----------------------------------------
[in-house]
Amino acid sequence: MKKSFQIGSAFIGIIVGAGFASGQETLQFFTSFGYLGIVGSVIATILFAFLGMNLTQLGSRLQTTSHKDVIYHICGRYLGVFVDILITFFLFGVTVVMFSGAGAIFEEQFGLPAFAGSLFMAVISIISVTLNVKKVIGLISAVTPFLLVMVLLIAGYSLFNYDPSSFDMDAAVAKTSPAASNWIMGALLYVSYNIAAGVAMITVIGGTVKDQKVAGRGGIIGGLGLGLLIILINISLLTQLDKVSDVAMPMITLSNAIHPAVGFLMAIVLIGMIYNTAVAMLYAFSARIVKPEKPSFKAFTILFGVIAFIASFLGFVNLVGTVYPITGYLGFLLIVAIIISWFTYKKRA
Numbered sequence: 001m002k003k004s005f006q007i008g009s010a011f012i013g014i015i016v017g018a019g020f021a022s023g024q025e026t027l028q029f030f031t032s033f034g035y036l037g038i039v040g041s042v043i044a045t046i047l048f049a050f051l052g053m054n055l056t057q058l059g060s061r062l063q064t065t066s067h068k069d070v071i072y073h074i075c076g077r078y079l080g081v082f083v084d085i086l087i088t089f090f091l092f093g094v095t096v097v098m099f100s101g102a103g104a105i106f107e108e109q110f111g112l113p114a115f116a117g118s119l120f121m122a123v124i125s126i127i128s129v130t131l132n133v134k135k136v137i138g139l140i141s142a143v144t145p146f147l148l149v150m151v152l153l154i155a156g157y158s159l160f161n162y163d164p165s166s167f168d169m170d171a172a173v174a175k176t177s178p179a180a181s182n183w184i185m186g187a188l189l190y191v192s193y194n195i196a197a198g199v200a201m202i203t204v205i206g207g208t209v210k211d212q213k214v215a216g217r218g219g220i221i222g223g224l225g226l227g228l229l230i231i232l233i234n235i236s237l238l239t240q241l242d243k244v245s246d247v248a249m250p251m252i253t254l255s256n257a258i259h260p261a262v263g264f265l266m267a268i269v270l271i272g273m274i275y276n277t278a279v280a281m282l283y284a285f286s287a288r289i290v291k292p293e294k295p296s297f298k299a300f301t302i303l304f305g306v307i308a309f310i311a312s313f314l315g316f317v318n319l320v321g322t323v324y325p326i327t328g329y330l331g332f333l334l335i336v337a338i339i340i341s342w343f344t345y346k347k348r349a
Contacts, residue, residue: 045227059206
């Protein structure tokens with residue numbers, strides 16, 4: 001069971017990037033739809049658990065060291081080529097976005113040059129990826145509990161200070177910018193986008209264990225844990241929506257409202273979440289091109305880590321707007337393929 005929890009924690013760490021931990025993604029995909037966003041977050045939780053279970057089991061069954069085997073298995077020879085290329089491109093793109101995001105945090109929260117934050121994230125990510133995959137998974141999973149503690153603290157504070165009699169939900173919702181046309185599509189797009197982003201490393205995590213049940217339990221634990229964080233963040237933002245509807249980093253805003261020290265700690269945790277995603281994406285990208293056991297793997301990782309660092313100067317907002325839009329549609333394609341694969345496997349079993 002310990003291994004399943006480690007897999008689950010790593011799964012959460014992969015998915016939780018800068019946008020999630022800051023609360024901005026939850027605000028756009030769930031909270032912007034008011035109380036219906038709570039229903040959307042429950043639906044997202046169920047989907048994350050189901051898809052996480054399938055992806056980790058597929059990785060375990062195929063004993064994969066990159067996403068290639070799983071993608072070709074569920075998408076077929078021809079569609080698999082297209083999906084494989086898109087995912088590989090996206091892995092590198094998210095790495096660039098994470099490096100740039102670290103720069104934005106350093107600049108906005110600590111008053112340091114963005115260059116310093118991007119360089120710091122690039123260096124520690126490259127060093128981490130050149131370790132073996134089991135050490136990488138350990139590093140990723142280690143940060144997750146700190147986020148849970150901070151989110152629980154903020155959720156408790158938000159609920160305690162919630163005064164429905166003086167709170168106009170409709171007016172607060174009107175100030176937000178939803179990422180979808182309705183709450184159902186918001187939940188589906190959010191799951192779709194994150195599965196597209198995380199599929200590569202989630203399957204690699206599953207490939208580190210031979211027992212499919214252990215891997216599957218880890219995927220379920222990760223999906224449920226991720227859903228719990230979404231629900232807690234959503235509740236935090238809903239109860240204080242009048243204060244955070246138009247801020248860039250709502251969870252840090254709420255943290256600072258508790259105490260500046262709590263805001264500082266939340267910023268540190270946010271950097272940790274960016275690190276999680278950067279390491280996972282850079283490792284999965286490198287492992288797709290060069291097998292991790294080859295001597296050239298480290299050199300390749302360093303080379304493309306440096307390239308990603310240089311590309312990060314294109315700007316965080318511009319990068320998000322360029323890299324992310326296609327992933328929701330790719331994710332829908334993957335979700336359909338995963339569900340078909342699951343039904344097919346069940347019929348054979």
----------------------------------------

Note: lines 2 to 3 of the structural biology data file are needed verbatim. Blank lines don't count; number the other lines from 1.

Amino acid sequence: MKKSFQIGSAFIGIIVGAGFASGQETLQFFTSFGYLGIVGSVIATILFAFLGMNLTQLGSRLQTTSHKDVIYHICGRYLGVFVDILITFFLFGVTVVMFSGAGAIFEEQFGLPAFAGSLFMAVISIISVTLNVKKVIGLISAVTPFLLVMVLLIAGYSLFNYDPSSFDMDAAVAKTSPAASNWIMGALLYVSYNIAAGVAMITVIGGTVKDQKVAGRGGIIGGLGLGLLIILINISLLTQLDKVSDVAMPMITLSNAIHPAVGFLMAIVLIGMIYNTAVAMLYAFSARIVKPEKPSFKAFTILFGVIAFIASFLGFVNLVGTVYPITGYLGFLLIVAIIISWFTYKKRA
Numbered sequence: 001m002k003k004s005f006q007i008g009s010a011f012i013g014i015i016v017g018a019g020f021a022s023g024q025e026t027l028q029f030f031t032s033f034g035y036l037g038i039v040g041s042v043i044a045t046i047l048f049a050f051l052g053m054n055l056t057q058l059g060s061r062l063q064t065t066s067h068k069d070v071i072y073h074i075c076g077r078y079l080g081v082f083v084d085i086l087i088t089f090f091l092f093g094v095t096v097v098m099f100s101g102a103g104a105i106f107e108e109q110f111g112l113p114a115f116a117g118s119l120f121m122a123v124i125s126i127i128s129v130t131l132n133v134k135k136v137i138g139l140i141s142a143v144t145p146f147l148l149v150m151v152l153l154i155a156g157y158s159l160f161n162y163d164p165s166s167f168d169m170d171a172a173v174a175k176t177s178p179a180a181s182n183w184i185m186g187a188l189l190y191v192s193y194n195i196a197a198g199v200a201m202i203t204v205i206g207g208t209v210k211d212q213k214v215a216g217r218g219g220i221i222g223g224l225g226l227g228l229l230i231i232l233i234n235i236s237l238l239t240q241l242d243k244v245s246d247v248a249m250p251m252i253t254l255s256n257a258i259h260p261a262v263g264f265l266m267a268i269v270l271i272g273m274i275y276n277t278a279v280a281m282l283y284a285f286s287a288r289i290v291k292p293e294k295p296s297f298k299a300f301t302i303l304f305g306v307i308a309f310i311a312s313f314l315g316f317v318n319l320v321g322t323v324y325p326i327t328g329y330l331g332f333l334l335i336v337a338i339i340i341s342w343f344t345y346k347k348r349a